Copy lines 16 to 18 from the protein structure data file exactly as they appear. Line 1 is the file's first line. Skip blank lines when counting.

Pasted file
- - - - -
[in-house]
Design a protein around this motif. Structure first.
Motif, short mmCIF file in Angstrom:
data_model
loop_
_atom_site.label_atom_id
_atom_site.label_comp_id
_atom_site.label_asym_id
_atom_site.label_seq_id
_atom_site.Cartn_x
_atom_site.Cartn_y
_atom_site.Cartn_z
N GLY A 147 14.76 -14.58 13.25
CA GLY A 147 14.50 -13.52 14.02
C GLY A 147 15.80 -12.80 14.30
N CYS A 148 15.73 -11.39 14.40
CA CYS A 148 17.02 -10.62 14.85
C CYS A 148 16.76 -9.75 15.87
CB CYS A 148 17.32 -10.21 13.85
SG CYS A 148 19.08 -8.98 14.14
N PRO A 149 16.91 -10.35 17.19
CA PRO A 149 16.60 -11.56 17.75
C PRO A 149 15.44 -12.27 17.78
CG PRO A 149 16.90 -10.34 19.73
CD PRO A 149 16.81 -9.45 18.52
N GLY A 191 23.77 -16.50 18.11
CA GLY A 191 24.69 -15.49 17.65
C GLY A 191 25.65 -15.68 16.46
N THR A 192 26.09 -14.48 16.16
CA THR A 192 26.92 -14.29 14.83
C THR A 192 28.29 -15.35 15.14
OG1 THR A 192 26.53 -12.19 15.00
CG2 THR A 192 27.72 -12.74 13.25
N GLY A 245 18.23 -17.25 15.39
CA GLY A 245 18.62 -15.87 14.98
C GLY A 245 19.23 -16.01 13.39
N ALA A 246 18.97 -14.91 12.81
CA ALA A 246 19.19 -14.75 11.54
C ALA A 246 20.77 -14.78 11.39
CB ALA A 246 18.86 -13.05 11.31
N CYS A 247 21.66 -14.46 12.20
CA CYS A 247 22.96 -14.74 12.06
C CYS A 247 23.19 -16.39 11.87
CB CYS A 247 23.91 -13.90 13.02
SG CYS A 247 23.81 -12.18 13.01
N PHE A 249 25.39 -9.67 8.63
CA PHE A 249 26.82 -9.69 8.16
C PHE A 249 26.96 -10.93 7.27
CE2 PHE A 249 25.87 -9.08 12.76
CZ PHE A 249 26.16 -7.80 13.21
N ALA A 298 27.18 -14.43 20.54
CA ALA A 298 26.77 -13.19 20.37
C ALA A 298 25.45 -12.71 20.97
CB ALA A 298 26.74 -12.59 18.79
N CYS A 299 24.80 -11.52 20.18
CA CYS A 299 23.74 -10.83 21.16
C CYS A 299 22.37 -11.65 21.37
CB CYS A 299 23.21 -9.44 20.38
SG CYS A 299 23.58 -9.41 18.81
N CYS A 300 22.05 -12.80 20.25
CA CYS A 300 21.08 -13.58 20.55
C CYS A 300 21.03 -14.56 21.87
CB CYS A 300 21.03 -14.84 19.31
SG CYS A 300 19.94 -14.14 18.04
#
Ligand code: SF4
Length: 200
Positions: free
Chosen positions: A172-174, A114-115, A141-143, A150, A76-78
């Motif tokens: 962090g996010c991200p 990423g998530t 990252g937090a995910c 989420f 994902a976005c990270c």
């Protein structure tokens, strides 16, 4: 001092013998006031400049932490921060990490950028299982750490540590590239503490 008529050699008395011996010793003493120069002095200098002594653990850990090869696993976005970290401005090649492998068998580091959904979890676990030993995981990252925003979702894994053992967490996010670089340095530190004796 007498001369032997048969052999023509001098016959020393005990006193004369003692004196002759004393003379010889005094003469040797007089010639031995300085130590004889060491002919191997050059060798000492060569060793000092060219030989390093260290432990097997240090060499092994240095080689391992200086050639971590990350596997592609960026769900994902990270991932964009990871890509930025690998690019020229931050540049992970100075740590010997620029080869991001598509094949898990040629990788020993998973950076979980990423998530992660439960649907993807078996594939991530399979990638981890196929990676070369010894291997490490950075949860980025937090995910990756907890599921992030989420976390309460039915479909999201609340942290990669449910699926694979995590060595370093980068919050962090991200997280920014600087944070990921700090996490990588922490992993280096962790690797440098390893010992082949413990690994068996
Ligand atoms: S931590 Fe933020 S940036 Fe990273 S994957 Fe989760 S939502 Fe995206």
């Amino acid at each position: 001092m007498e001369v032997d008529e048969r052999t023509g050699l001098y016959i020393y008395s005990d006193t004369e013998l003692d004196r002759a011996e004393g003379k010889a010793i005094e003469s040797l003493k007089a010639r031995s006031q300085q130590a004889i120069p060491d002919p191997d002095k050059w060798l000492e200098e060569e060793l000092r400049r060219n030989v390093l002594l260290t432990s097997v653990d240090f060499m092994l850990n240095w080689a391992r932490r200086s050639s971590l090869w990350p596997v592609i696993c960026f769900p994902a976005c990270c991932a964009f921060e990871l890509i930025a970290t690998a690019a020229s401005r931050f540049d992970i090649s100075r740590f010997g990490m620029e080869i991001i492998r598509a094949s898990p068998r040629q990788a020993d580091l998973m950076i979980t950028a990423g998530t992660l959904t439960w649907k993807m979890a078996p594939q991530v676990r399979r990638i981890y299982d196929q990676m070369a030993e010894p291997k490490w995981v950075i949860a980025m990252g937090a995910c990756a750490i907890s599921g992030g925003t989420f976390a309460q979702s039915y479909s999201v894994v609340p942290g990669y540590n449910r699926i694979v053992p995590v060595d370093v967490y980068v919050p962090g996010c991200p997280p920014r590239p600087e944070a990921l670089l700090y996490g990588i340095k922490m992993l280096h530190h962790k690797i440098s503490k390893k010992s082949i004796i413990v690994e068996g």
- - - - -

N CYS A 148 15.73 -11.39 14.40
CA CYS A 148 17.02 -10.62 14.85
C CYS A 148 16.76 -9.75 15.87